Ok, so I've come to the conclusion that I'm actually not dealing very well with my Very Rare Condition. (The Very Rare Condition will be refered to as the VRC from here on out.) I really thought I was coping, but I'm not. And the thing is, I badly want to be a brave little soldier; I really want to be the good, strong trooper who confronts all challenges with admirable self-sufficiency and grace. And I'm not. I'm barely keeping it together. I'm having a hard time admitting that I'm such a failure as a sick person.

So yesterday I pretty much lost it over library books. At my university, you have to renew your library books four times a year. It's not a big deal: you go the library web page, punch in your bar code, hit renew, and you're good to go. It's only a hassle if you forget to do it. In that case, you have to physically bring all your library books back to the library and check them in before you can check anything out. And I, of course, being a moron and also being preoccupied with the VRC, forgot to renew my library books.

The main symptom of the VRC is vertigo, which means that I feel like I'm moving even when I'm not. Sometimes I feel like I'm spinning, and sometimes it's more of a wave-like sensation. Right now, I'm sitting on my desk chair, and I feel like I'm in a row-boat in the middle of the ocean. I can't drive when I have vertigo, and lately even walking has started to be a bit of a challenge. It's really hard to orient myself in space: the ground isn't always where I expect it to be. Needless to say, this makes it a challenge to cart around library books.

So like the innocent I am, I thought I'd explain the situation to the circulation people, and they'd make an exception and renew my library books without making me bring them back. Only the guy refused. He swore that it was physically impossible, but then he asked why I hadn't renewed my library books on time, seemed unimpressed when I said I'd been distracted by being sick, and pointed out that I didn't live that far from the library. I said it was pretty far to carry in 24 books, and he said I could bring them in one or two at a time. I'm not sure what the point of that whole exercise was if it really was impossible to override the system, and I was a little appalled by the entire exchange, but I decided that I really didn't have a good excuse for forgetting to renew the library books and that I'd be a brave little soldier. So I went home, gathered up my 24 library books, put them in my roommate's shopping cart, and took them back to the library.

It turns out that I am not, in my present state, capable of pushing a shopping cart. At least, I'm not capable of pushing a shopping cart full of books a half a mile over uneven pavement. After struggling all the way there, I finally fell on my ass a half a block from the library, spilling my books all over the sidewalk. (This occurred, incidentally, directly in front of an elementary school. And I have to say that a couple of kids who looked about eight displayed a hell of a lot more compassion for my predicament than anybody at my university's library ever did.) But I picked myself up, dusted myself off, and got the damn books back to the library.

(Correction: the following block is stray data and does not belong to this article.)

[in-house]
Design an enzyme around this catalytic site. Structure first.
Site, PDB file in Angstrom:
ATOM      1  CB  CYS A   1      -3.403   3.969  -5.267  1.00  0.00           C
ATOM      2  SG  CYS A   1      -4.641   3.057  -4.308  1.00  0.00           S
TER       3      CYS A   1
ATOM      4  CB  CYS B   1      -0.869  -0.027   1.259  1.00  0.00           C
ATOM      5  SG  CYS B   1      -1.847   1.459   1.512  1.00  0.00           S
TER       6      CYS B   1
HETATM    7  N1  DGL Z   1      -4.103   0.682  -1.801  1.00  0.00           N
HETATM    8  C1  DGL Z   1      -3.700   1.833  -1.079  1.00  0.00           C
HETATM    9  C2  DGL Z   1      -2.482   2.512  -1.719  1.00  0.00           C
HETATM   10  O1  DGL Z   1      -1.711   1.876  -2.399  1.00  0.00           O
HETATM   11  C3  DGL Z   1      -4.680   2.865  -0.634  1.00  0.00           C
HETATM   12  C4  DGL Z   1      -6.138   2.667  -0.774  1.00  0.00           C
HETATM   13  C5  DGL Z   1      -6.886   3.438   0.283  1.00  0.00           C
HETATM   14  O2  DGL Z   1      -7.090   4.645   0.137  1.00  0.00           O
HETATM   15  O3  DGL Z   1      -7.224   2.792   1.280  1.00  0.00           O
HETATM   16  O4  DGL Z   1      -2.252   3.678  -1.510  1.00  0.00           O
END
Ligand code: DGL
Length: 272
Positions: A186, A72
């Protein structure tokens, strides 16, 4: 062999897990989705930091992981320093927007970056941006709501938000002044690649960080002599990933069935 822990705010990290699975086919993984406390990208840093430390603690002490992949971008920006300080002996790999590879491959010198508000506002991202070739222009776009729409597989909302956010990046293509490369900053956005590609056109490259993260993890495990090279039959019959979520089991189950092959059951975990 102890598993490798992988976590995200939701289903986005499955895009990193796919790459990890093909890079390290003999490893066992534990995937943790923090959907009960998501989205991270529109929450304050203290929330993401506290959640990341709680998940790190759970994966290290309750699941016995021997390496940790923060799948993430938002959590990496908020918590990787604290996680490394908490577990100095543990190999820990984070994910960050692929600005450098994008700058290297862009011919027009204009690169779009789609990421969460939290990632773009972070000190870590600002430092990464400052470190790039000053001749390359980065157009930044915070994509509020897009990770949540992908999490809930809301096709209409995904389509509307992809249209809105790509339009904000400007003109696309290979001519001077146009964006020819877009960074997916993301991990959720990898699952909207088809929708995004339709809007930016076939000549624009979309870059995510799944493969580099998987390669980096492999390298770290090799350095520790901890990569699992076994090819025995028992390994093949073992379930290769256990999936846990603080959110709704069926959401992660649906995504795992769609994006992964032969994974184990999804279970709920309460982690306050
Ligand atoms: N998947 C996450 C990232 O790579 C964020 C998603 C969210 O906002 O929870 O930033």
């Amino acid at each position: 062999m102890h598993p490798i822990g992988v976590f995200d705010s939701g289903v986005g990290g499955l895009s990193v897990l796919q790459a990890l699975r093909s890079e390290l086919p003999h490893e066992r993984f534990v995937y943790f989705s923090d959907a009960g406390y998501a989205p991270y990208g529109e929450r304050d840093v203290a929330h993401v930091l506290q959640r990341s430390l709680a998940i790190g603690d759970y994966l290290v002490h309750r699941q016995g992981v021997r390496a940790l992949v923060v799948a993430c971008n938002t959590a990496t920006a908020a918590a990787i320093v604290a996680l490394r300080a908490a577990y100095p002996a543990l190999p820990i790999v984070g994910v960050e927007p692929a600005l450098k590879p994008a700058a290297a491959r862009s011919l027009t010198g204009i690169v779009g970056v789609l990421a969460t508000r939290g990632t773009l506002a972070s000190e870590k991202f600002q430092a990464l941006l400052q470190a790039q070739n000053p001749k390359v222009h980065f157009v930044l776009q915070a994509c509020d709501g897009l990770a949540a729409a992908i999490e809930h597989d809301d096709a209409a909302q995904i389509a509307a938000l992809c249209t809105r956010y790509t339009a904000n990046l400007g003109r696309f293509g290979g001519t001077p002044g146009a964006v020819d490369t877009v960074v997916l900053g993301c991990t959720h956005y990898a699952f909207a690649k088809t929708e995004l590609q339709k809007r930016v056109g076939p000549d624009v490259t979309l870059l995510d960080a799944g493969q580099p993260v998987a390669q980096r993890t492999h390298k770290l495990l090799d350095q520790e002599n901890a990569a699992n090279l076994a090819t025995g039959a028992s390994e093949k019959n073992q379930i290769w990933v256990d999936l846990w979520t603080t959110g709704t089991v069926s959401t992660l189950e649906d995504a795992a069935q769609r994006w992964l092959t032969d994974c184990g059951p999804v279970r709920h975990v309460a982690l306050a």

I unloaded all my books at circulation, and the kid there checked them all in. But there was a problem: I'd brought back 24 books, but one of them was from a different library, so I was missing a book. And I couldn't check them back out again until I'd physically returned all of my books. So the kid told me that I'd have to leave my books on 24-hour hold, go home, find my other book, bring it back, and then I could check out my books again. At which point I pretty much started bawling.

So to make a long story short, I couldn't find the book, and I've declared it lost and written a check for it. I can't afford to replace it, and I'm sure it's in my apartment somewhere, but at that point I was so frustrated that I'd have done anything to get my damn books and leave. And I called a friend to come with her car and cart me and my books home, which is really what I should have done in the first place. But I'm just incredibly sick of calling in favors. I'm tired of asking people to do things for me. It's humiliating, and I'm starting to feel pathetic.

Incidentally, I was all set to go to my university's disability office and have a little chat with them about the obnoxious library staff, but it turns out that I can't do that, because my university doesn't have an office for disabled students. If you are disabled, you are supposed to make an appointment with your dean to discuss accommodations. The only problem with that is that I don't want accommodations: I just want the assholes at library circulation to behave like human beings. And it would be nice if I could get some backup on this without having to explain all of my medical issues to the dean.